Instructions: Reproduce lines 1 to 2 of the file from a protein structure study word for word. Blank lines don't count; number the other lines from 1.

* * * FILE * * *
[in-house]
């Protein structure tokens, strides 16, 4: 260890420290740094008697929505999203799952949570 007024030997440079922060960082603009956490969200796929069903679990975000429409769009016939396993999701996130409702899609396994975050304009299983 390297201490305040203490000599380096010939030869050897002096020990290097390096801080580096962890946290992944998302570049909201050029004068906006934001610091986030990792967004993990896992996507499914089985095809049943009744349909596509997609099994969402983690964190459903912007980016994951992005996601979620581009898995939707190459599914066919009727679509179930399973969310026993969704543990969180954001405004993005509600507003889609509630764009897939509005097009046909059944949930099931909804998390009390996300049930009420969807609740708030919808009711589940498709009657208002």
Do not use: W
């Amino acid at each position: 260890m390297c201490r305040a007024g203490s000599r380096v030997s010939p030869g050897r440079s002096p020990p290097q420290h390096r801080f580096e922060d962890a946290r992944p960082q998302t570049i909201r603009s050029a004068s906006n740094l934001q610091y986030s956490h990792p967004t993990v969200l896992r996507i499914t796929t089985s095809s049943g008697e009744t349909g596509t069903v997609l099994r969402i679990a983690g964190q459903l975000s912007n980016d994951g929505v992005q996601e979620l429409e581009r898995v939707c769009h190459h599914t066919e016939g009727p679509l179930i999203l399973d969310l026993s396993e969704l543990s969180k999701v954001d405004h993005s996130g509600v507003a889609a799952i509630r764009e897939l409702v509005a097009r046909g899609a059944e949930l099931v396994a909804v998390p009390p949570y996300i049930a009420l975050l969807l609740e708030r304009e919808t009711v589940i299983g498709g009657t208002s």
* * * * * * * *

[in-house]
């Protein structure tokens, strides 16, 4: 260890420290740094008697929505999203799952949570 007024030997440079922060960082603009956490969200796929069903679990975000429409769009016939396993999701996130409702899609396994975050304009299983 390297201490305040203490000599380096010939030869050897002096020990290097390096801080580096962890946290992944998302570049909201050029004068906006934001610091986030990792967004993990896992996507499914089985095809049943009744349909596509997609099994969402983690964190459903912007980016994951992005996601979620581009898995939707190459599914066919009727679509179930399973969310026993969704543990969180954001405004993005509600507003889609509630764009897939509005097009046909059944949930099931909804998390009390996300049930009420969807609740708030919808009711589940498709009657208002």